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Bruce Willis’ aphasia diagnosis is a reminder people don’t know what celebrities are going through, experts say


Shortly after his family announced that the legendary actor Bruce Willis had been diagnosed with aphasia, filmmaker and actor Kevin Smith took to Twitter to share a career regret.

Smith, who had repeatedly criticized Willis, 67, while he was working on the 2010 film “Cop Out,” apologized for his harsh comments.

Willis “loved to act and sing and the loss of that has to be devastating for him,” Smith tweeted last week, adding that he felt bad for his “petty complaints from 2010. So sorry to BW and his family.”

Smith, who declined a request for follow-up comment, wasn’t the only one reflecting on the news about Willis. A day after the family’s announcement, the foundation in charge of the Razzie Awards, which recognizes the year’s worst films and performances, rescinded the satirical award it had created poking fun at Willis, saying it was no longer appropriate.

Comedy Central Roast Of Bruce Willis - Red Carpet
Bruce Willis attends “The Comedy Central Roast of Bruce Willis” at the Hollywood Palladium in Los Angeles, Calif. on Jul. 14, 2018.Rich Fury / Getty Images file

Some pop culture experts say Willis’ decision to step away from his career after the aphasia diagnosis was a stark reminder that people never actually know what others, particularly celebrities and public figures, are going through.

“We are given all kinds of information from celebrities in the age of the internet, but it is always a limited and small slice of the total picture,” said Robert Thompson, a professor of popular culture at Syracuse University. “We have an illusion of knowing celebrities intimately, but that’s just what it is: an illusion.”

We are given all kinds of information from celebrities in the age of the internet, but it is always a limited and small slice of the total picture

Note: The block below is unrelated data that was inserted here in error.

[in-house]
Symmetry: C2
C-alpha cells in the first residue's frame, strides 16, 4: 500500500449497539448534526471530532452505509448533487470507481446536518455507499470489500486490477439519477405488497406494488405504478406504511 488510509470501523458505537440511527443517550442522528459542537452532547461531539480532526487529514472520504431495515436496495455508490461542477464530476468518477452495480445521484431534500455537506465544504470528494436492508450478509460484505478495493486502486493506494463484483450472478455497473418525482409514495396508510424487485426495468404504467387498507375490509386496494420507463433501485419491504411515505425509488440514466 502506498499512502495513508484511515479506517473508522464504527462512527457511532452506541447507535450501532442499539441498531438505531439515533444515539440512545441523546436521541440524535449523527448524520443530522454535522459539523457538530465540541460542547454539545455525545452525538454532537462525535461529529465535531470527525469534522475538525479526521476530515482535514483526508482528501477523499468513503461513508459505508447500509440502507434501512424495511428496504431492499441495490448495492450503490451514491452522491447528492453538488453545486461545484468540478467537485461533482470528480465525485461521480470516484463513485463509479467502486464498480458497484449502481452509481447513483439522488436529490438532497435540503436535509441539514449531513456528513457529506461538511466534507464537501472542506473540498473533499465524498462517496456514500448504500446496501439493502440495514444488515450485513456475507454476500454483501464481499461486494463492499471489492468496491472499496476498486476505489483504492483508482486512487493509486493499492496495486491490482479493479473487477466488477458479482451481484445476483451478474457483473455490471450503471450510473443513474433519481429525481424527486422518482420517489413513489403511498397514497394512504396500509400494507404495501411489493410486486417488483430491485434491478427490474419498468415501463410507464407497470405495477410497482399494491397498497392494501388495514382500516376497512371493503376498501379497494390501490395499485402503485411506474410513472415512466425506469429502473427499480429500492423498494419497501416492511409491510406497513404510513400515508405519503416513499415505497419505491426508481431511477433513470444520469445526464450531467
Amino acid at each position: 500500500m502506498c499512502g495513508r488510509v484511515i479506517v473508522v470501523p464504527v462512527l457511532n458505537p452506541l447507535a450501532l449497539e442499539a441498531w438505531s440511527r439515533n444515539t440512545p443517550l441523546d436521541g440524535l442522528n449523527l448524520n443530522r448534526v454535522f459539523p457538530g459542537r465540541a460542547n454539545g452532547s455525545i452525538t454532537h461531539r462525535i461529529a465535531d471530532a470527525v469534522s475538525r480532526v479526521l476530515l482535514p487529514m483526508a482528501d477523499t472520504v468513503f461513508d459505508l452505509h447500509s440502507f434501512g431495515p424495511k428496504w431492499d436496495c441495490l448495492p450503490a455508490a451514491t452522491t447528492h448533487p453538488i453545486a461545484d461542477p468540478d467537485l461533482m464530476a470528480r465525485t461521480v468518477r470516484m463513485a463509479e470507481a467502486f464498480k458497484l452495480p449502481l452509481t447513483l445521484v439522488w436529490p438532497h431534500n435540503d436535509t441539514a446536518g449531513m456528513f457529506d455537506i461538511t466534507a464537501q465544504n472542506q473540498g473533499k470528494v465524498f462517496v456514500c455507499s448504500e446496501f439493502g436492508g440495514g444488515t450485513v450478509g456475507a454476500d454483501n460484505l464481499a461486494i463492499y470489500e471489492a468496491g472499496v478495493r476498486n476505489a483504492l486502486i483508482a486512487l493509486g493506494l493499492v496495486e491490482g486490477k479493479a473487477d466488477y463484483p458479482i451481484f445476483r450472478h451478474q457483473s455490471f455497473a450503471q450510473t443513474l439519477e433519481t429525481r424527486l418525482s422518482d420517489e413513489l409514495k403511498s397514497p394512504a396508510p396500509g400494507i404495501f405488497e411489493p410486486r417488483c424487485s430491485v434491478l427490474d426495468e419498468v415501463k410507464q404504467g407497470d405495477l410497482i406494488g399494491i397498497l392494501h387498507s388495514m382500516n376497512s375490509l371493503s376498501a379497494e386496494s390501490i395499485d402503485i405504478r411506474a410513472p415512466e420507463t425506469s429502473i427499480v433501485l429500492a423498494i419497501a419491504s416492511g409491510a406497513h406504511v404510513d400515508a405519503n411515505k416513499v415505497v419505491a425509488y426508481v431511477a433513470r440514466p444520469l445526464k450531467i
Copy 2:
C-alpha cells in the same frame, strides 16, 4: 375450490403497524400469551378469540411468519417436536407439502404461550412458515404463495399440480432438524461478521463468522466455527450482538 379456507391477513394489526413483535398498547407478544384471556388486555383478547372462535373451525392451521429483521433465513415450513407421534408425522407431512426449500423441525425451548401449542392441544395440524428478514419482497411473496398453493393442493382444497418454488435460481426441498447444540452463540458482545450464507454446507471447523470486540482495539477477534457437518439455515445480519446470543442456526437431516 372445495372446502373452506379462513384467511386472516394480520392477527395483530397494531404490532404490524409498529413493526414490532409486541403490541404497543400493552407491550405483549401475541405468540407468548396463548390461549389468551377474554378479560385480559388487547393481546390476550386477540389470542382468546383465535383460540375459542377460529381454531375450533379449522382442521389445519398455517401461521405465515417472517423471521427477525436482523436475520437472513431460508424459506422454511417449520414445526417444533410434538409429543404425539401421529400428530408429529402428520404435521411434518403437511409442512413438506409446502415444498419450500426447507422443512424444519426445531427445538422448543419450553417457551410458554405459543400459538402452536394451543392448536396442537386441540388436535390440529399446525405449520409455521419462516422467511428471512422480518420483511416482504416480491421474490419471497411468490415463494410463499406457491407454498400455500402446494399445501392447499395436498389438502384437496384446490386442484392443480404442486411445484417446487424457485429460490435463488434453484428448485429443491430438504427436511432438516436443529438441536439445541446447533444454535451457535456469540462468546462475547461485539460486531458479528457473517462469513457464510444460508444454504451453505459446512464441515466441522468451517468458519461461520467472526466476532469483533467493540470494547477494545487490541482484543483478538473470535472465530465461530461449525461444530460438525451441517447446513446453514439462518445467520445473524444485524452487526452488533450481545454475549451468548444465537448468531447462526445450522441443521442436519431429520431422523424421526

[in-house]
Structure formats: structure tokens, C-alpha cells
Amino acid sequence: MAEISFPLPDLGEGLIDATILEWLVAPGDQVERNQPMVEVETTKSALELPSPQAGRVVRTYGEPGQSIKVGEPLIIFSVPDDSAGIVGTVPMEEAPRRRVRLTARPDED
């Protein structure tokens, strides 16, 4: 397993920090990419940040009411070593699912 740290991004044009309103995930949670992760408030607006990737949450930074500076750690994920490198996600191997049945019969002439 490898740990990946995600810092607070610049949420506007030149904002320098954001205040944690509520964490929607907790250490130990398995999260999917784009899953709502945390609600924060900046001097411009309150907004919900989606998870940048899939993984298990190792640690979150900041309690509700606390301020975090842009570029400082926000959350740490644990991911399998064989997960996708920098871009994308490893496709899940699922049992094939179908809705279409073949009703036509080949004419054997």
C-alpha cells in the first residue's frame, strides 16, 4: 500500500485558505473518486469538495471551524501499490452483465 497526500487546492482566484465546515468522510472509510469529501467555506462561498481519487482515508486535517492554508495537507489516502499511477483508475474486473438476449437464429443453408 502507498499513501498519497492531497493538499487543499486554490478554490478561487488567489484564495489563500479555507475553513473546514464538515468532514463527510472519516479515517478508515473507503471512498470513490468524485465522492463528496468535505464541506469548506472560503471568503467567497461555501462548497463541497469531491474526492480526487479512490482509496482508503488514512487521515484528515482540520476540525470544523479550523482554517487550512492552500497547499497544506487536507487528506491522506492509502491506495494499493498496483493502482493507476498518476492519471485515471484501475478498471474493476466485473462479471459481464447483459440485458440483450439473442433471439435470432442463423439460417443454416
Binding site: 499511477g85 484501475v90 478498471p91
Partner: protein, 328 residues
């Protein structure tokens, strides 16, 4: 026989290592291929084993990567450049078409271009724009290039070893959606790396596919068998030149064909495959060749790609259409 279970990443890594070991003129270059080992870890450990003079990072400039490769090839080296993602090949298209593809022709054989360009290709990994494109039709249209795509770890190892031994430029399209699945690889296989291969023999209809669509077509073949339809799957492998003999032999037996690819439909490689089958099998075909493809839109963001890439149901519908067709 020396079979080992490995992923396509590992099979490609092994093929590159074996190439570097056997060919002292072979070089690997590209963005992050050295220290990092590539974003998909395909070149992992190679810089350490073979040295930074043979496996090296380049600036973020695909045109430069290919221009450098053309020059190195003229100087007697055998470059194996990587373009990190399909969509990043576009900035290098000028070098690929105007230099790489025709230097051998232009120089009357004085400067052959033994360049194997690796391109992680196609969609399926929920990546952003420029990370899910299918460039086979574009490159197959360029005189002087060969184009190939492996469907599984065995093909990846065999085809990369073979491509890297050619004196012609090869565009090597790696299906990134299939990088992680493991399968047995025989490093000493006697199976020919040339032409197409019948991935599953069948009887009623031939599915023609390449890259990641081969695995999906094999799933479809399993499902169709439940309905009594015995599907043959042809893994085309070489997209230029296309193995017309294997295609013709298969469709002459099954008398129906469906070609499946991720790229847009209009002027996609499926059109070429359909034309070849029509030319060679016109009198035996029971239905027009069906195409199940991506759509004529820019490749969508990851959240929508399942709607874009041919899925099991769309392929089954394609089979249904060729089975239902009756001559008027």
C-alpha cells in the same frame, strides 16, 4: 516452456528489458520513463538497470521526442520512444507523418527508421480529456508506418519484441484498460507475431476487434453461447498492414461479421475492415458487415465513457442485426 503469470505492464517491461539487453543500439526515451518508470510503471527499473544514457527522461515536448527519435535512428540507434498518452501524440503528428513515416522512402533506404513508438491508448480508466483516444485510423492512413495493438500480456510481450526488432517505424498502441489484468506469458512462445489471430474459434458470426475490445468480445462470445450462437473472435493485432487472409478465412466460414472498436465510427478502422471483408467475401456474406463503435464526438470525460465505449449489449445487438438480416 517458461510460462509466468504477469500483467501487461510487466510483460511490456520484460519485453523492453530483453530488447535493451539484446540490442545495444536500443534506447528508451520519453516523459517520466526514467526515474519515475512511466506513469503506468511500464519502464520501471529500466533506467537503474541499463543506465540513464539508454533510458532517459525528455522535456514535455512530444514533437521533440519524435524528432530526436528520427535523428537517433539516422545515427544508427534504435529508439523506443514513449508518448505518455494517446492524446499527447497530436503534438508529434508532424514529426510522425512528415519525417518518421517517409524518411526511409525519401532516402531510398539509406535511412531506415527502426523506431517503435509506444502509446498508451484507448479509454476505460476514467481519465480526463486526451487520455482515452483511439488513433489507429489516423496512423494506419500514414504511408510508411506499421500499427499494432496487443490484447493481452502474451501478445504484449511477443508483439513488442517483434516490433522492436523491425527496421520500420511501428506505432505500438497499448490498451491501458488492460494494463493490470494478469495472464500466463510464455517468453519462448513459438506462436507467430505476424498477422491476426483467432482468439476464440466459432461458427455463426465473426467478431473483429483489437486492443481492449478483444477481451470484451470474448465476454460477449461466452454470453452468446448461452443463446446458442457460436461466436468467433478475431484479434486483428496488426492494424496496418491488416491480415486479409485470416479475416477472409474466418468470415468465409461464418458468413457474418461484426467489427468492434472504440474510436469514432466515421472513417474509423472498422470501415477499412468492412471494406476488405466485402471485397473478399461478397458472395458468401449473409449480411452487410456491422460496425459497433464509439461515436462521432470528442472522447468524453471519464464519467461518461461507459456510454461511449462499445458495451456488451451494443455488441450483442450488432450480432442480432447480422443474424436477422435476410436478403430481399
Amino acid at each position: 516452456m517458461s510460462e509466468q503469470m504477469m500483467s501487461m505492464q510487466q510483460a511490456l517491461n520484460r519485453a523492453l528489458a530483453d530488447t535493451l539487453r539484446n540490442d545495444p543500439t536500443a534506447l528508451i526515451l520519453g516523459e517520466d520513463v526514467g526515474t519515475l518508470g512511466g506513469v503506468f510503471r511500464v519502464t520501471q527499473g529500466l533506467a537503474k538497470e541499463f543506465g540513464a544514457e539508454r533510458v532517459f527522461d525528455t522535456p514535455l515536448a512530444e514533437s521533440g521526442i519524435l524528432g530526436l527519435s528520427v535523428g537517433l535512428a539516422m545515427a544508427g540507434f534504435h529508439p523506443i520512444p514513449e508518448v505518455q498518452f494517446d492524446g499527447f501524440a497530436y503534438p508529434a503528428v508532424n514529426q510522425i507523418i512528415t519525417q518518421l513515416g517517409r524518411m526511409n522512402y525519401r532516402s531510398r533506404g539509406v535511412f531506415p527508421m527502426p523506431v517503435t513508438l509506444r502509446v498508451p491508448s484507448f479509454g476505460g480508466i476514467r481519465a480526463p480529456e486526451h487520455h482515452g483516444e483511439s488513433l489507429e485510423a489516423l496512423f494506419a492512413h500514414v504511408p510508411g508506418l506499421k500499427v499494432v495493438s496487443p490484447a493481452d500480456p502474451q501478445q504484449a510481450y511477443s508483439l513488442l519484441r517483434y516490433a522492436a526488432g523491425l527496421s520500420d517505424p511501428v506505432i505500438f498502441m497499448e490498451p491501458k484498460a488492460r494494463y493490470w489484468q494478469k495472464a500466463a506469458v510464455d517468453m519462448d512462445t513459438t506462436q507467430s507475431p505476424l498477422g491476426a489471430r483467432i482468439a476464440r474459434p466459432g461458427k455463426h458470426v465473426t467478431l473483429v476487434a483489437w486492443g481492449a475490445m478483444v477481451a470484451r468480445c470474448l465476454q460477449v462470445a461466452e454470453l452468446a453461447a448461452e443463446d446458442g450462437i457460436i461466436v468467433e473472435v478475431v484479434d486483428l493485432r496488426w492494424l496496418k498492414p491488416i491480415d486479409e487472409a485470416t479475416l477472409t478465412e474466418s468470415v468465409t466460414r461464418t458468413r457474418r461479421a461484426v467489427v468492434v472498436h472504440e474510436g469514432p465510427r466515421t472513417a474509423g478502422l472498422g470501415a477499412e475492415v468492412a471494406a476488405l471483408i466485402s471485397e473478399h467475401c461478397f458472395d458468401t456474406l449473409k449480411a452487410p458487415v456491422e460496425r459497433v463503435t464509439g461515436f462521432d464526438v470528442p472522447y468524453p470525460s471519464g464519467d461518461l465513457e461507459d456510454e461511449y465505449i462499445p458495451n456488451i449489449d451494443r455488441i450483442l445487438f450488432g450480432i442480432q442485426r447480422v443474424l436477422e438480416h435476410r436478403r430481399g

-Robert Thompson, a professor of popular culture at Syracuse University

Susan Mackey-Kallis, a communications professor at Villanova University who studies pop culture and film analysis, said the illusion is formed often because “people develop a parasocial relationship with celebrities because we have access to all this information about them through our social media and laptops and phones,” adding, “But in reality, we only know what that celebrity or their PR agent wants us to know.”

When the perceived image of a celebrity is shattered by something momentous — whether it’s a brain “disorder like aphasia, a criminal charge, a lawsuit or an action like a slap” — there is an “element of surprise” that “pulls audience members up short and reminds us that celebrities are people, too,” Mackey-Kallis said.

These ruptures in reality, she said, can sometimes make people “go back and correct the record,” particularly when society at large is re-examining its relationship with celebrity-obsessed culture, according to Mackey-Kallis.

Thompson echoed those thoughts.

“When people learn of something unfortunate, especially for celebrities with large platforms, they may then feel contrite and apologize,” he said.

Regardless of people’s intentions, Thompson said, Willis’ absence in front of the camera will be felt across Hollywood.

“Bruce Willis has made a significant contribution to American entertainment,” Thompson said. “We should remember that he now deserves empathy, but he also has a significant legacy as a performer.”



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